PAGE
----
Search engine optimization (SEO) is often sold as an expensive and time-consuming service, but many websites can easily improve their search engine results by following a few basic tips.
The first thing to do is figure out your unique value proposition. What does your website or webpage offer that cannot be found elsewhere? The unique value proposition should be communicated so clearly that a visit to the home page can understand it within the first few seconds.
When crafting your site, it can be very useful to look at historical search trends to see what people are looking for. The Google AdWords Keyword Planner and Google Trends can give you this sort of data. Once you have decided what makes your website unique and found the relevant keyword phrases that people actually use, the next step is to integrate them into the site.
Search engine rankings are determined by hundreds of factors, but there are three important ones that are within the webmaster’s control:
- The search phrase needs to appear somewhere in the text of the page. It is not a good idea to overdo it with excessive repetition. The content of the page should focus on its most essential search phrases. It’s a good idea to include variations of the keyword such as plurals or stems (i.e., fish, fishing, fishes). You can also use synonyms. Google has developed the ability to understand the meaning of words, so the exact word choice is less important than it used to be. Therefore, write naturally.
- The search phrase should appear in the HTML title tag at the top of the code. Most browsers allow you to view the source code by pressing CTRL-U. Look for the title and make sure it is descriptive: <title>Cape Cod Fishing Trips – Wellfleet, MA</title>.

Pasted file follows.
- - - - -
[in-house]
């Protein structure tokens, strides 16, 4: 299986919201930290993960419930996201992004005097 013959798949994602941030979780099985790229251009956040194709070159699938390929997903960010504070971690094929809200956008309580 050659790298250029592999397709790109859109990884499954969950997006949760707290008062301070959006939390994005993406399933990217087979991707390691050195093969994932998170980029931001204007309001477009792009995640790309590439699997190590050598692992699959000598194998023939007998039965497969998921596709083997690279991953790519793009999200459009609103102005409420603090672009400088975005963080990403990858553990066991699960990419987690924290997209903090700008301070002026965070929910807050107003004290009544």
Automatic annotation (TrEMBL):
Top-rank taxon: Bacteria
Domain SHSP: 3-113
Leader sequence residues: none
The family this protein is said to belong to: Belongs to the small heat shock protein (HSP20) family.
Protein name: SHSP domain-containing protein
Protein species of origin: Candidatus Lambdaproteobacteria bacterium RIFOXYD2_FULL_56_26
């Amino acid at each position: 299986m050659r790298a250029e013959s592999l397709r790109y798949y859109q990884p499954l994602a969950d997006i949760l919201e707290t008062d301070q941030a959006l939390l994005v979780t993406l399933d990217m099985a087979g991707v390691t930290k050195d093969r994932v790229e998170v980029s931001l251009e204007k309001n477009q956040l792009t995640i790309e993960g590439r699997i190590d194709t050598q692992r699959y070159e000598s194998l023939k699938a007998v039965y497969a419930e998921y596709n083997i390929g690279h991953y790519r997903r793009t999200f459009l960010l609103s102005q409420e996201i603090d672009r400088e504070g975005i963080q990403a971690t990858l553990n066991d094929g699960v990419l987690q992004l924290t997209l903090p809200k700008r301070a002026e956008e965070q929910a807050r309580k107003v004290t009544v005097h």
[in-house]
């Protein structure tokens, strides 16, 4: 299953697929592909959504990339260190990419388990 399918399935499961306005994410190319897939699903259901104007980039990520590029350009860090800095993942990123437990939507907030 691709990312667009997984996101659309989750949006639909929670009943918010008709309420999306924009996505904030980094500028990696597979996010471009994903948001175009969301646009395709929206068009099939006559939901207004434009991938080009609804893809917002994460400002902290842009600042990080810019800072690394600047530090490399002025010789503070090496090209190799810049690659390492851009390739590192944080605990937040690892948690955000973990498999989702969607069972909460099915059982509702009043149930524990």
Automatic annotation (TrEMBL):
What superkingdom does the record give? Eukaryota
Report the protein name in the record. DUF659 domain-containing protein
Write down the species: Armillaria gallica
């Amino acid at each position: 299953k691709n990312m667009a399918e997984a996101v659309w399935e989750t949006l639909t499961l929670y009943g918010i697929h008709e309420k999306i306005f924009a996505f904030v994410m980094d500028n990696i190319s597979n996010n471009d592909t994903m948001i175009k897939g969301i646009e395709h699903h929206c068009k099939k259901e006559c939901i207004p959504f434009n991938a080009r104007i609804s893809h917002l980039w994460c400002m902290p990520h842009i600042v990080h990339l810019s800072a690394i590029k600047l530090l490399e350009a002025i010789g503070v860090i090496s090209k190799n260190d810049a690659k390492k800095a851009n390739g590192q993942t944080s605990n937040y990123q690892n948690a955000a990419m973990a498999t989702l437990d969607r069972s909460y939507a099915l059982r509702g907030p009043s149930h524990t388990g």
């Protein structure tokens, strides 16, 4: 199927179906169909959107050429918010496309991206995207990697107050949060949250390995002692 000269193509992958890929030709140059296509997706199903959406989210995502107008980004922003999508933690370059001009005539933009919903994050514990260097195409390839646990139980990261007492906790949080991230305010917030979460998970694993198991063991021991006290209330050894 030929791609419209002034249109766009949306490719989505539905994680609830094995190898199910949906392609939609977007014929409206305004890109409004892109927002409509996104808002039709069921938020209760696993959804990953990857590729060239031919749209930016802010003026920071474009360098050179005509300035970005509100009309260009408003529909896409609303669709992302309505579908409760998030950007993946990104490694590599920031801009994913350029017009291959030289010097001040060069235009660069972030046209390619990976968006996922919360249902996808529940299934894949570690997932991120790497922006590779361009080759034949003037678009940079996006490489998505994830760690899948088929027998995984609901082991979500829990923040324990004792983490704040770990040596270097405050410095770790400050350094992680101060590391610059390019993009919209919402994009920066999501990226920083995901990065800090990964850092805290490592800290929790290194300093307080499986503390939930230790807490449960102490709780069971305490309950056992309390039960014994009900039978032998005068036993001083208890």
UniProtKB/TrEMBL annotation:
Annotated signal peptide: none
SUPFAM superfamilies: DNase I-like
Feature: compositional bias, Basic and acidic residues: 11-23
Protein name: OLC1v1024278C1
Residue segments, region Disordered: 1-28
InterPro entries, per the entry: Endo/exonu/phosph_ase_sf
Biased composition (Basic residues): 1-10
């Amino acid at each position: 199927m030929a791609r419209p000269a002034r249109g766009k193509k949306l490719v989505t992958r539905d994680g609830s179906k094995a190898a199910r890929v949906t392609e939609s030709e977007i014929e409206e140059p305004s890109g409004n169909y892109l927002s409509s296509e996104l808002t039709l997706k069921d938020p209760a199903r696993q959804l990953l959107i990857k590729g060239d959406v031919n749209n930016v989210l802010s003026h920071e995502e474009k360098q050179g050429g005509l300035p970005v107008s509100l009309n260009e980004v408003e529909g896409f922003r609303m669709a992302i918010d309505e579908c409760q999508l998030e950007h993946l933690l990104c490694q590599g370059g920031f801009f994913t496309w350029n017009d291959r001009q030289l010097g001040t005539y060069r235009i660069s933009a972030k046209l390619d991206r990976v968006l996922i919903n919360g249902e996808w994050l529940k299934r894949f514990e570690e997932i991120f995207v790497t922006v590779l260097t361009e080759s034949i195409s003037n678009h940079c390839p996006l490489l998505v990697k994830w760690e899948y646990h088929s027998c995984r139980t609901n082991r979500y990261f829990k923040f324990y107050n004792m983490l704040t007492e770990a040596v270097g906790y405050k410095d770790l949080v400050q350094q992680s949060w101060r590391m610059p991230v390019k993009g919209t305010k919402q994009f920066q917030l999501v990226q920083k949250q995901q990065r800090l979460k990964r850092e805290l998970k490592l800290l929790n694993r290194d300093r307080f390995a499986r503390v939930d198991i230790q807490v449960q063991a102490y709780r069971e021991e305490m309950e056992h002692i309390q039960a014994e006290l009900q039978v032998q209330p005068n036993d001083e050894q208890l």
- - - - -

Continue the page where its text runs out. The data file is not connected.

- The website should have links pointing to it. Links within the website are good, as are links from outside the site. Any sort of promotion that helps increase the digital footprint of a website will tend to attract more links. Having the target search phrases present within the linked text is more helpful than having a link with nondescriptive text like “click here.” The only type of links to avoid are what Google calls “unnatural links”. These are links you might acquire or purchase primarily to influence Google, rather than to draw in visitors.
Once the content of a website has been changed to include the right keywords, it is also a good idea to perform a technical review of the site to make sure search engines can successfully access all the pages, and to learn whether they have found any problems. Both Google Search Console and Bing Webmaster Tools provide comprehensive diagnostics. Simply log in and check each screen, and then follow any tips provided.
A frequent issue with un-optimized websites is a lack of unique meta descriptions. Meta descriptions do not directly influence rankings, but they may appear on the search results page and could influence whether people click your listing or some other listing. Having good meta descriptions, and a different one on every page rather than the same one repeated throughout the site, helps Google understand that all your pages are unique, rather than duplicates.
SEO for New Sites
If your website is new, it may take several or many months before your site will rank for anything other than its name. You should focus on attracting high-quality links from other trustworthy websites.
Submitting your home page to Google Webmaster Tools may speed up indexing. Sign up, register your site, and then navigate to Google Search Console > (your site) > Diagnostics > Fetch as Googlebot. Leave the input box blank, and click “Fetch.” Once the page has been fetched, click the link to submit the page and all pages linked from it to the index.
Registering for Google Webmaster Tools allows Google to email you helpful advice from time to time or a warning if they discover something wrong with your site. If you receive a warning email, be sure to investigate what might be causing the problem.
Finally, you should install a tool such as Google Analytics to measure results. This will allow you to identify which pages are most interesting to your audience and produce more content that is relevant to their needs.
About the Author
After graduating from Yale with two degrees in Computer Science, Jonathan Hochman set up his own consulting company in 1990. He has been an Internet marketer since 1994.